Monday, August 29, 2011

Autism and Marriage


When Alanna was diagnosed with autism we had many people concerned about Alanna, but also many people concerned about us.  I am happy they were, and they have good reason to be concerned.  Divorce in couples with autistic children is higher than the general population.  An interesting finding is that while most couples experience a rapid decrease in risk after their children reach about eight years old, the risk for parents of children with autism does not decline and remains at the same levels as parents with young children.

It is not difficult to see why this is the case.  Autism, by definition, involves serious developmental delays (hence the term "pervasive") across all developmental domains.  At eight years of age, a child with autism may only be functioning at a three year old level or less.  Most parents are freed of the daily grind of caring for a child of eight - most children can cloth and feed themselves, use the toilet, shower and keep themselves basically clean with some reminders.  They will have friends and can entertain themselves for short periods of time.  Cognitively, they are capable of playing games adults find more interesting and can usually enjoy many adult activities, or learn with their parents by taking up a hobby or shared interest in sports.

It is one thing to have to change a child's diaper for 2.5 years.  It is quite another doing it for 21 years, or longer.  Many parents see early childhood as a challenge that will pass, but for some parents, it will not.  It will only end when they can arrange long-term care and not feel guilty doing so.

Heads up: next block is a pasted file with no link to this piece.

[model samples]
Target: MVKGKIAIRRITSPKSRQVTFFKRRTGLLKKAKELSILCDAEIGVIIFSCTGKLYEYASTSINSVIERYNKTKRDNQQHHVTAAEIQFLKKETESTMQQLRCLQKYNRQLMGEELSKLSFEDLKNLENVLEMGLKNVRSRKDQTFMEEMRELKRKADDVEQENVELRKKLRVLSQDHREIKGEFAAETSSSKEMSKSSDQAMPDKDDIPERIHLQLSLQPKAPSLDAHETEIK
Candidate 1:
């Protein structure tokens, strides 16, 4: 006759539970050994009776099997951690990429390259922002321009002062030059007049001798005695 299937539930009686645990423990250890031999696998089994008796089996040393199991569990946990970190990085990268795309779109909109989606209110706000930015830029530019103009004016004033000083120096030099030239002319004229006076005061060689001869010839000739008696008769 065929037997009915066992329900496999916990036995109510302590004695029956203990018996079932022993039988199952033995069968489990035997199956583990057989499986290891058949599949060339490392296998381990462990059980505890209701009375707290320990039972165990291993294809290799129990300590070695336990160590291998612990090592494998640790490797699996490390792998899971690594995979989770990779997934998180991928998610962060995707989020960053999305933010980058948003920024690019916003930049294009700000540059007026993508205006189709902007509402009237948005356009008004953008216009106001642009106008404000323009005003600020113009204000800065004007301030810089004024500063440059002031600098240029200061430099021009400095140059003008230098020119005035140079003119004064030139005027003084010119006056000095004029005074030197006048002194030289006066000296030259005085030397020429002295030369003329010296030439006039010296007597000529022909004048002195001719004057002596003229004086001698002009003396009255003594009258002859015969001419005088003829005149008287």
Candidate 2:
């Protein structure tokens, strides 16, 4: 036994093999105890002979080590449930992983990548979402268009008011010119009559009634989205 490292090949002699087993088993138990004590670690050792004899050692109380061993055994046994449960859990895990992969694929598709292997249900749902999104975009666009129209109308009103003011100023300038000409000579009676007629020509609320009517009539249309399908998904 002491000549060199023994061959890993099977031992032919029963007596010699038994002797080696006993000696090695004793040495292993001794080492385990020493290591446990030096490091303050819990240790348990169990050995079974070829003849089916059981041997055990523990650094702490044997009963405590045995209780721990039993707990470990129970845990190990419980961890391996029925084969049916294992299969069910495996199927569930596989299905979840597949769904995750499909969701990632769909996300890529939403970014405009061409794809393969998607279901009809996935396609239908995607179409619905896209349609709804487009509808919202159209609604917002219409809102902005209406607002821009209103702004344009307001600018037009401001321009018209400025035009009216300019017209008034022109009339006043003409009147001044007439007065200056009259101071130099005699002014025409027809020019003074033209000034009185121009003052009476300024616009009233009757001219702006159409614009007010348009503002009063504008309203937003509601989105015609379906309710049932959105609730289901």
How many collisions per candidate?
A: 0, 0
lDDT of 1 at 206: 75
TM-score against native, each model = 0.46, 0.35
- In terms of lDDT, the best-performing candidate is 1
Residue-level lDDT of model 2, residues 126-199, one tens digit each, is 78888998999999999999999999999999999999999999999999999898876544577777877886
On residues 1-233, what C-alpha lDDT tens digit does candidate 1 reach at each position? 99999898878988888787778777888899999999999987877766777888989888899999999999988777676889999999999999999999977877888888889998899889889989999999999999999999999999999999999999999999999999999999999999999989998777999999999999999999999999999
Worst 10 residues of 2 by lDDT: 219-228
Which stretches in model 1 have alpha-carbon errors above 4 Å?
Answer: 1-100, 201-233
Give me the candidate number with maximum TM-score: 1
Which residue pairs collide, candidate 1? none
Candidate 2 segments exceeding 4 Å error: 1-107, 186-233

Or, here is another example with which I am quite familiar.  It is one thing to be up with your newborn for five to six months each night.  It is quite another to be up with your child for five or six years, or longer without the benefit of daytime napping.  If you are a parent, do you recall how irritable you were with your spouse?  Now, try doing that for six years and it is not hard to see why the risk of divorce is higher.

Add to this the social isolation from friends and family and the economic hardship of having someone at home to care for the child (or working extra hours to provide therapies and interventions), and you have a recipe for disaster.

I pray often for my marriage with my own beautiful wife.  I pray God builds it up, strong and able to withstand everything.  I couldn't imagine raising two children myself, let alone with a child who has autism.  More than once, we have rescued each other from completely losing it.

Wondering how to help a couple who has a child with autism, or other disability?  Help them maintain a strong marriage.  They will need your help and they will be grateful for it.

5 comments:

  1. As always, this is a great post.

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  2. Amen brother! When I pray for Lanna (and Tyler too!), I pray for you two, for your marriage, and for your own growth of character. God has been faithful to you, and it is neat to see how He is teaching you about Himself through your marriage and your experiences with your kids.

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  3. Great post. I always looked at the issue as just being a result of the stress of disability but you are right, it is the fact that certain needs never go away. You can grin and handle the tough spots with typical kids because you know they will pass. You also get a certain balance of tough phases and developmental milestones - for examples my daughter is going through a bit of a tanrum phase but she can also bring me into these wildy imaginative games. Often with Sam, those moments are not there. I love him and I want the best for him but pretty much all time with him is care-tsking and behavior management. He will never "grow up" in the typical sense.

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